The pursuit of combining the local dimension of the homeland with the study of contemporary society is also mirrored in Innerarity's work as director of the Instituto de Gobernanza Democrática in San Sebastián. The institute is a centre for reflection, research and knowledge dissemination. Its aim is research and training in democratic governance to renew the political thinking of our time.
Looking at the evolution of democracy over the past 40 years, Innerarity sees an erruption of the digital space in terms of its impact on democracy. The great expectations raised in the early 1980’s exceeded the reality of the networks, which are neither as open to all as they promised, nor have they automatically democratised autocratic regimes. "The pendulum is now at the other extreme", notes Innerarity, describing how the word ‘internet’ today seems to evoke phenomena such as hate or election interference. “The downside of this seesawing of expectations and disappointments is that it makes us see digitalisation as an irresistible force that we would contemplate as passive, euphoric or frightened citizens, and we cease to see it as an area to be shaped.”
Against this background, Innerarity and his team at the School of Transnational Governance train and equip policymakers as well as other stakeholders with the knowledge and tools they need to ensure that the benefits of AI are widely shared, and its risks mitigated. “How to democratise digitalisation is unwritten and will give rise to very different opinions, just as there are different conceptions of democracy,” explains Innerarity. “My theory that democracy must be thought of in terms of complexity attempts precisely to articulate all these dimensions and to offer a dynamic normative framework in which to accommodate a greater number of actors and values that must be taken into account today if democracy is not to be reduced to a simplification incompatible with the world in which we actually live.”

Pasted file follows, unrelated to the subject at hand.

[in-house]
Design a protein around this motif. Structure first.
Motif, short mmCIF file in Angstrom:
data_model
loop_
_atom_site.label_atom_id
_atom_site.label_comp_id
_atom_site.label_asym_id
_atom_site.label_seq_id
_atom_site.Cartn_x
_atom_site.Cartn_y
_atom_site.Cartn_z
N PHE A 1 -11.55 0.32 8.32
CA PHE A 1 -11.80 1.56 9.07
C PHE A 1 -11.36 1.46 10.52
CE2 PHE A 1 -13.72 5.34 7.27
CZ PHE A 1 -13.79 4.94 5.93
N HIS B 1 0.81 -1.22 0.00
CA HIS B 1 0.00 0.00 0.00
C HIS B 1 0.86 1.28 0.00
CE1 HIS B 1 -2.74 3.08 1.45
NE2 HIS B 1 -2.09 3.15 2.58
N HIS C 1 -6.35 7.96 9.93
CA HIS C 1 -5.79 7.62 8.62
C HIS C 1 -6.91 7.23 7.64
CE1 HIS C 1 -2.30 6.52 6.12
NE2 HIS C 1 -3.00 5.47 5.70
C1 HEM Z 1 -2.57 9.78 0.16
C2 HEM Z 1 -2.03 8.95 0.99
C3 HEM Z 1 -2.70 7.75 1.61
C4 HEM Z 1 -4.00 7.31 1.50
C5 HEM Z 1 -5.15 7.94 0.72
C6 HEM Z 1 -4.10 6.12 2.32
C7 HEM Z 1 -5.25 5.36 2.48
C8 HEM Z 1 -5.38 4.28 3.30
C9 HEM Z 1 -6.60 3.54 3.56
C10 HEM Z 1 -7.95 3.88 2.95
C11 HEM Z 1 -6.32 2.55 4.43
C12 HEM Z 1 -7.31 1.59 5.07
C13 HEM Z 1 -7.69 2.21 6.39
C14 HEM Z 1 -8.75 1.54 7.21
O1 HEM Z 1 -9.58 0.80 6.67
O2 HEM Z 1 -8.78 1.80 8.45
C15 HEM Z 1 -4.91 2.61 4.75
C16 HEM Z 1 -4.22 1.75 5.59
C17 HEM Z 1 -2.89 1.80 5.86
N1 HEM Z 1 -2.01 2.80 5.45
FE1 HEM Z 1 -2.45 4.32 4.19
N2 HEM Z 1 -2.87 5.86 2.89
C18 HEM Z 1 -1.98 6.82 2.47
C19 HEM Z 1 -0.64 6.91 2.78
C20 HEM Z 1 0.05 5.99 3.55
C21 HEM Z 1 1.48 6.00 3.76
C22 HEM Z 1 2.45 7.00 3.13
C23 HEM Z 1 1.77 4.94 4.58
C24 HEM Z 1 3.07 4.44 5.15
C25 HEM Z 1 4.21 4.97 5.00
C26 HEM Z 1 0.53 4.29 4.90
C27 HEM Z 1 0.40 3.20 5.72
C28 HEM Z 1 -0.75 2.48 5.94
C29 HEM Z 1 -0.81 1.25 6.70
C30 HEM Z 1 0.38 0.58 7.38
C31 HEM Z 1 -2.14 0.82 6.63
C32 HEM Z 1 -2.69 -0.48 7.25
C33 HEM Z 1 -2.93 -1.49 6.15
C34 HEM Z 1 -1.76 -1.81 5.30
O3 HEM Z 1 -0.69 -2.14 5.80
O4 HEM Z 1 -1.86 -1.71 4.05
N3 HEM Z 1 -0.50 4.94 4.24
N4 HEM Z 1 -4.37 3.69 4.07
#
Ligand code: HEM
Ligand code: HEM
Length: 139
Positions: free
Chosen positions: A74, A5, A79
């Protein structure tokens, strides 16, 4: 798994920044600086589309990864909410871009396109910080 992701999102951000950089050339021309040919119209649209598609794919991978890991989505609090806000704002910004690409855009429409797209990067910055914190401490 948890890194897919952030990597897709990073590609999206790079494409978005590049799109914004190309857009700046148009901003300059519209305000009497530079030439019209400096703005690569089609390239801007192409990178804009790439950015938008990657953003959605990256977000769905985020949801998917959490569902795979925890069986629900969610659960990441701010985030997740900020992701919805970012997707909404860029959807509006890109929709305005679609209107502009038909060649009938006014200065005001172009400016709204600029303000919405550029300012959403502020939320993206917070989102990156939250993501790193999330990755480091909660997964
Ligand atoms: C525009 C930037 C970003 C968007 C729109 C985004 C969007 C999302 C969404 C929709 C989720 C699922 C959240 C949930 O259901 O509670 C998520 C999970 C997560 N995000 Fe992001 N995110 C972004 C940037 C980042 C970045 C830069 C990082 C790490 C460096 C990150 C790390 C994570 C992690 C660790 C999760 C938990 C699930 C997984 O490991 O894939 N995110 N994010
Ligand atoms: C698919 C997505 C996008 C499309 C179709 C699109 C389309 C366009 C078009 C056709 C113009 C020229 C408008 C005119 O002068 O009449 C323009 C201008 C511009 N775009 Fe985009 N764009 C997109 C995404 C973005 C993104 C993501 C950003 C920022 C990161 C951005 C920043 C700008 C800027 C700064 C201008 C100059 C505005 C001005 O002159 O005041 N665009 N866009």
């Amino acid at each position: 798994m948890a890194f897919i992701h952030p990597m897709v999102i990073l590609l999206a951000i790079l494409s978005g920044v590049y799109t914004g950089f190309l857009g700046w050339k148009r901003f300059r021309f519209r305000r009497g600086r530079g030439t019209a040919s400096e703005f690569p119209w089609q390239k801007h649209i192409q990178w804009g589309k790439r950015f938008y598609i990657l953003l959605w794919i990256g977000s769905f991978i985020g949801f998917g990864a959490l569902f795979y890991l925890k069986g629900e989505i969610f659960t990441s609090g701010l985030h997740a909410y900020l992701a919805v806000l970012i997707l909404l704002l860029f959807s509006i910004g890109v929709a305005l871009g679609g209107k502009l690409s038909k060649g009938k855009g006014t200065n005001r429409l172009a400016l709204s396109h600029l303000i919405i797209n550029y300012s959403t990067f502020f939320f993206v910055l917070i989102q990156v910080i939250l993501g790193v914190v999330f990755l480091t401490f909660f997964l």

The evolution of Innerarity’s research in the field of political philosophy is reflected in the numerous publications he produced over the course of his career. He also makes his thinking accessible to a wider audience by publishing regular opinion articles in renowned national and international media outlets such as El País, El Correo/El Diario Vasco and La Vanguardia. In 2005, the French magazine Le Nouvel Observateur included him in a list of the 25 greatest thinkers in the world.
When asked what the relationship between democracy and artificial intelligence might look like in the future, Innerarity considers himself optimistic, but differentiates: “I believe both those who think that algorithmic governance can take over the entire political decision-making process and those who fear that it renders democracy meaningless are wrong on the same point: in assuming that humans and machines do the same thing and therefore there may come a day when, for better or worse, humans are replaced by machines. The reality is that we have two kinds of intelligence and we solve two different kinds of problems. Machines tackle problems whose terms are clearly formulated and for which a lot of data is required; humans are better equipped to make decisions in the midst of ambiguity and with limited information” he explains. “Hence, the great challenge is how to combine their intelligence and ours to make a better democracy.”